Bernie Sanders is trying to improve his standing with the African-American community in more ways than one.
In New York City this morning, just hours after he clobbered Hillary Clinton, gaining 60 percent of the Democratic vote in New Hampshire, he met with a possible new ally – powerful civil right activist Al Sharpton.
Sanders then hopped over to the set of ‘The View’ where he talked about the meeting and why his candidacy might be of interest to the African-American community.
‘We have a lot of support within the African-American community, but I think most importantly, I think the reason we’ll do well is our views on criminal justice in this current country and that is, we have a broken criminal justice system,’ Sanders said.
‘When a police officer breaks the law, like any other public official, that officer must he held accountable,’ Sanders added, referring to the officer shootings of unarmed black men that have inspired the protest movement ‘Black Lives Matter.’
Sanders’ meeting with Sharpton took place at Sylvia’s, the famed comfort food restaurant, which is located just one block from Bill Clinton’s former office in Harlem.
Oddly enough, the Reverend will then head off to meet with Clinton for an interview that will air this Sunday morning on his MSNBC show PoliticsNation with Al Sharpton.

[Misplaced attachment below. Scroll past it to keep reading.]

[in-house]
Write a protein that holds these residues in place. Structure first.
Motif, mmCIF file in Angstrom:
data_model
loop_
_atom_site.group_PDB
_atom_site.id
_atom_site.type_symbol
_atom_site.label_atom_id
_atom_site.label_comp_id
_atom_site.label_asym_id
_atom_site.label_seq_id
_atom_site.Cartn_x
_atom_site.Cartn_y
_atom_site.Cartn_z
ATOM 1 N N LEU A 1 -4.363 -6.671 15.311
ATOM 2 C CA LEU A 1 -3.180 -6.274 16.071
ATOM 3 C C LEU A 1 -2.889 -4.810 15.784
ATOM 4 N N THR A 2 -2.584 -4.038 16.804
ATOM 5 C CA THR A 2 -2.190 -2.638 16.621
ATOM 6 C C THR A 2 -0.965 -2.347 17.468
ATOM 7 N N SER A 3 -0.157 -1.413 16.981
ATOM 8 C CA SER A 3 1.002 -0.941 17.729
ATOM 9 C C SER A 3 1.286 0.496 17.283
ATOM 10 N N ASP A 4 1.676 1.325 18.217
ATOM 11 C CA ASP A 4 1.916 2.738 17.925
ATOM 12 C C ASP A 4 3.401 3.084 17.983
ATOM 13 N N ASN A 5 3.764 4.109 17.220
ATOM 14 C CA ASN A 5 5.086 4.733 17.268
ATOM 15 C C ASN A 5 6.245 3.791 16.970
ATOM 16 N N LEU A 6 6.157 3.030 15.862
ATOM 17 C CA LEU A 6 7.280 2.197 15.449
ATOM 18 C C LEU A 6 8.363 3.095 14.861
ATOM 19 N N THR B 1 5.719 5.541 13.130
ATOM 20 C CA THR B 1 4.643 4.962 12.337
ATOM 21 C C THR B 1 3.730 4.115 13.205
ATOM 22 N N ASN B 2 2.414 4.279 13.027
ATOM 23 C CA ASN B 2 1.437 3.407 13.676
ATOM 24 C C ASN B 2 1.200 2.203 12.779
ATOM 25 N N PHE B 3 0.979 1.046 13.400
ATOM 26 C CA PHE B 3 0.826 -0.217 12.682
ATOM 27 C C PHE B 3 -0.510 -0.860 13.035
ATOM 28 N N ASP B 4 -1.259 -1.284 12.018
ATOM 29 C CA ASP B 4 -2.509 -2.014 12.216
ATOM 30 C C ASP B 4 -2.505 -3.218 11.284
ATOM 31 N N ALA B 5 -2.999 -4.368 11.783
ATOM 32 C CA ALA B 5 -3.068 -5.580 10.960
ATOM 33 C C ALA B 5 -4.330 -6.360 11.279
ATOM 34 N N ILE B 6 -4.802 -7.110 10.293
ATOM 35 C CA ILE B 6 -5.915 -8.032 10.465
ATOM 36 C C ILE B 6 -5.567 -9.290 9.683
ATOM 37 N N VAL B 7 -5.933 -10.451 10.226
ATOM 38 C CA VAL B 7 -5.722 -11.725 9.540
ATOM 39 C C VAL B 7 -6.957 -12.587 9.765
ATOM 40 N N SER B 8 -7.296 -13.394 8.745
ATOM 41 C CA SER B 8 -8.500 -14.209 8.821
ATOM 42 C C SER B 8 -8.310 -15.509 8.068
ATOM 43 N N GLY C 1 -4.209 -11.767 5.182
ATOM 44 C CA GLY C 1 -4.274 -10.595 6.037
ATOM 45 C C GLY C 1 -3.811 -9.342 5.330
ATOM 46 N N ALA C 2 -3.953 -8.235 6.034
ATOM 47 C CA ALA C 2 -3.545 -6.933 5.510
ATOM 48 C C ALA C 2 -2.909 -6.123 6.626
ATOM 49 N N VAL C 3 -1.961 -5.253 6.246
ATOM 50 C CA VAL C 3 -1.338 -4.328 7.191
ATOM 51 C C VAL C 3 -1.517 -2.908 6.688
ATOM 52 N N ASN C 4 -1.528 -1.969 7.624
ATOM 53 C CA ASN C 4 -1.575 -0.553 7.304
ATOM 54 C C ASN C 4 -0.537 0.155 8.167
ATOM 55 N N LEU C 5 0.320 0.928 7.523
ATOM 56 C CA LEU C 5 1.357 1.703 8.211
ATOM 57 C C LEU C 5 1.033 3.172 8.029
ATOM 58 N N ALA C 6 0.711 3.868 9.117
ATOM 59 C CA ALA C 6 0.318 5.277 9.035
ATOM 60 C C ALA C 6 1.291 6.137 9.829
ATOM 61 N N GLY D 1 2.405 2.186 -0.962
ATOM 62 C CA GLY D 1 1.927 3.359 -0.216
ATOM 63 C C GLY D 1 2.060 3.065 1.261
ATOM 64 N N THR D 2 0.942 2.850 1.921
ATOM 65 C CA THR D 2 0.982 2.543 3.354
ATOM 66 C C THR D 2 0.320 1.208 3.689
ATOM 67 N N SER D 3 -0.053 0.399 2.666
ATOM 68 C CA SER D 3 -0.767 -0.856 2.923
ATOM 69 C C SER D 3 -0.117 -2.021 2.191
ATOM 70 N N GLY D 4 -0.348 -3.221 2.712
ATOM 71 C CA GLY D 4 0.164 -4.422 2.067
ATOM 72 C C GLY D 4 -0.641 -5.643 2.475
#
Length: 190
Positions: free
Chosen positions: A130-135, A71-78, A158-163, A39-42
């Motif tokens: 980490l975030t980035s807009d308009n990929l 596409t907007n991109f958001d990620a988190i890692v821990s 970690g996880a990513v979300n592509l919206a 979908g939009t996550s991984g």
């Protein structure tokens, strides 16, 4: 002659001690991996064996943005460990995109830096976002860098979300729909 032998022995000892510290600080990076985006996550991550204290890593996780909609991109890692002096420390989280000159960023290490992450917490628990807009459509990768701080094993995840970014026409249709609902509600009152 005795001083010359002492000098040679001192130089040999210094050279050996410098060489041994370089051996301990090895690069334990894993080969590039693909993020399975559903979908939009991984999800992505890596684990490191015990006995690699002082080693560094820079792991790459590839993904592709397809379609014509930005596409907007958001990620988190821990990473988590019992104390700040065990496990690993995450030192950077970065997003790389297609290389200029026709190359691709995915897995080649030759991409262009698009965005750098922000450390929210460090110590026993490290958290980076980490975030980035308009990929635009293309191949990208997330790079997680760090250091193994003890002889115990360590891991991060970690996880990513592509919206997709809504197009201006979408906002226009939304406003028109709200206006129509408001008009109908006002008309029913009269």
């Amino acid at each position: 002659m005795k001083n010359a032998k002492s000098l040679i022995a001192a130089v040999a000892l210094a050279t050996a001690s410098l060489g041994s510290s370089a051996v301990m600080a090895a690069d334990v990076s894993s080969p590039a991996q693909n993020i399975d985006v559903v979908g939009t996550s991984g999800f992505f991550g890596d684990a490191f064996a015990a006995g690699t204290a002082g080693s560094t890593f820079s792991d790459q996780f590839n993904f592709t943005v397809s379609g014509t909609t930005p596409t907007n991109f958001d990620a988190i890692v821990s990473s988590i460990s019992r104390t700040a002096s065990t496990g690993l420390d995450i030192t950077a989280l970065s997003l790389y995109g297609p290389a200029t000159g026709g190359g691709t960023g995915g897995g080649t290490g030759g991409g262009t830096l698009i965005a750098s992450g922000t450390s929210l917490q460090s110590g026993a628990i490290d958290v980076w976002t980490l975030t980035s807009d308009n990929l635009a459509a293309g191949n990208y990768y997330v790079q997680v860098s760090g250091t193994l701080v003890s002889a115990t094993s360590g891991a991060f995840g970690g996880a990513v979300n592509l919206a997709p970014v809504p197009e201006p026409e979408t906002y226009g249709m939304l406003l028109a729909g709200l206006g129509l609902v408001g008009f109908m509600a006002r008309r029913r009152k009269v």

When asked about the meet on ‘The View,’ Sanders said, ‘well, it wasn’t much of a breakfast, I only had half a cup of coffee.’ He then explained his growing support within the black community.
Sanders named a couple of surrogates that he expected would serve him well, as the dueling Democrats move on from New Hampshire to Nevada and then South Carolina.
Sanders has always had the support of thinker Cornell West, who’s been making passionate pleas for the Vermonter in early contest states.
The senator also pointed to former Ohio state Sen. Nina Turner and Rep. Keith Ellison, a Minnesota congressman who is one of only two members of Congress who are Muslim.
Sanders also added to his roster last week Ben Jealous, the former head of the NAACP. On a conference call with reporters, Jealous pledged to promote Sanders to other black leaders in the South, in advance of the party’s first Southern primary on Feb. 27, which is held one week after the GOP contest.